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"In my home there are few publications that we actually get hard copies of, but [Arms Control Today] is one and it's the only one my husband and I fight over who gets to read it first."

– Suzanne DiMaggio
Senior Fellow, Carnegie Endowment for International Peace
April 15, 2019
Strategic Arms Reduction Treaties (START)
  • December 4, 2009

    President Barack Obama and Russian President Dmitry Medvedev said Nov. 15 they expect to sign a new arms control treaty to replace START by the end of December.

    The arsenal limits under discussion would lead to substantial reductions in Russian and U.S. strategic nuclear forces. The two sides had not reached final agreement as of press time.

  • December 3, 2009

    Carnegie Endowment for International Peace Proliferation Analysis

  • December 2, 2009

    After eight rounds of talks over nine months, U.S. and Russian negotiators are expected to complete work this month on a new strategic nuclear arms reduction deal that would replace the highly successful 1991 START, which expires Dec. 5.

    Lower, verifiable limits on still-bloated U.S. and Russian strategic nuclear arsenals are long overdue. Today, the United States and Russia each deploy more than 2,000 strategic warheads, most of which exist only to deter a massive nuclear attack by the other. No other country possesses more than 300 nuclear warheads, and China currently has fewer than 30 nuclear-armed missiles capable of striking the continental United States. (Continue)

  • November 5, 2009

    One month away from START’s Dec. 5 expiration date, it is unclear that a replacement treaty will be ready for signature by that time, comments by administration officials and nongovernmental observers suggest.

  • September 24, 2009

    On September 24th, Peter Crail discussed Russian and American efforts to reduce their nuclear arsenals.

  • September 4, 2009

    Responding to criticism that the START follow-on treaty, or New START, should wait until the Nuclear Posture Review (NPR) is completed early next year, the Pentagon announced in August that the U.S. negotiating positions for New START had been cleared by the NPR interagency process. (Continue)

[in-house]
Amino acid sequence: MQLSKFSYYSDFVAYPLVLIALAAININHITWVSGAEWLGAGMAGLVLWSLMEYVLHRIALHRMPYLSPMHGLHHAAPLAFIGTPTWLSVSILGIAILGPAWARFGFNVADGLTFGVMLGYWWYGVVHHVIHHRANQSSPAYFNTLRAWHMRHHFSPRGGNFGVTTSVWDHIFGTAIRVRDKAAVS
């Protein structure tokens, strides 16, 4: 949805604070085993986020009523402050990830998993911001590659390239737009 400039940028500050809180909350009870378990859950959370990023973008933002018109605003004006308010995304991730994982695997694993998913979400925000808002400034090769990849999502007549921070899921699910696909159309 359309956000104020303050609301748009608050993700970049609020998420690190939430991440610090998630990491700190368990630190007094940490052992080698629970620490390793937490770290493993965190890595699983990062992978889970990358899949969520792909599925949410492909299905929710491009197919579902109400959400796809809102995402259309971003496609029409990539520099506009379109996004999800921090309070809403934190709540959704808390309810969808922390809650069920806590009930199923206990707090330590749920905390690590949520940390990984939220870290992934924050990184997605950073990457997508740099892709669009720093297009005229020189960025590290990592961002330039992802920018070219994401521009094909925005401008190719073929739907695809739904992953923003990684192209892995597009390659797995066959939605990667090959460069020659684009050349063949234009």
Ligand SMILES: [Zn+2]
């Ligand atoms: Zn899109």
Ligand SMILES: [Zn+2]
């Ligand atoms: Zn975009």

• September 4, 2009

    U.S. and Russian negotiators are set to meet this month as part of an effort to wrap up negotiations by December on a new strategic arms reduction treaty with Russia, administration officials said recently. (Continue)

  • July 7, 2009

    This week in Moscow, Presidents Barack Obama and Dmitry Medvedev made history agreeing to series of concrete steps that help “reset” U.S.-Russian relations after years of decline. Most important, the two presidents agreed to a framework for a new nuclear arms reduction treaty to replace the Strategic Arms Reduction Treaty, which will expire in less than five months. Modest as it may be, the START follow-on agreement would also help maintain rough parity in U.S.-Russian strategic nuclear forces in the years ahead and set the stage for deeper reductions in all types of nuclear forces. (Continue)

  • July 6, 2009

    On July 6, 2009, C-Span recorded an ACA press conference where Daryl Kimball and Morton Halperin discussed the Moscow Summit and the START follow-on negotiations.

  • July 5, 2009

    (Washington, D.C.): From July 6-8, U.S. President Barack Obama and Russian President Dimitry Medvedev will meet in Moscow. A top goal will be to evaluate and advance progress on the negotiation of a new agreement to replace the 1991 Strategic Arms Reduction Treaty (START), which is due to expire on December 5. Talks on the follow-on agreement began in April.

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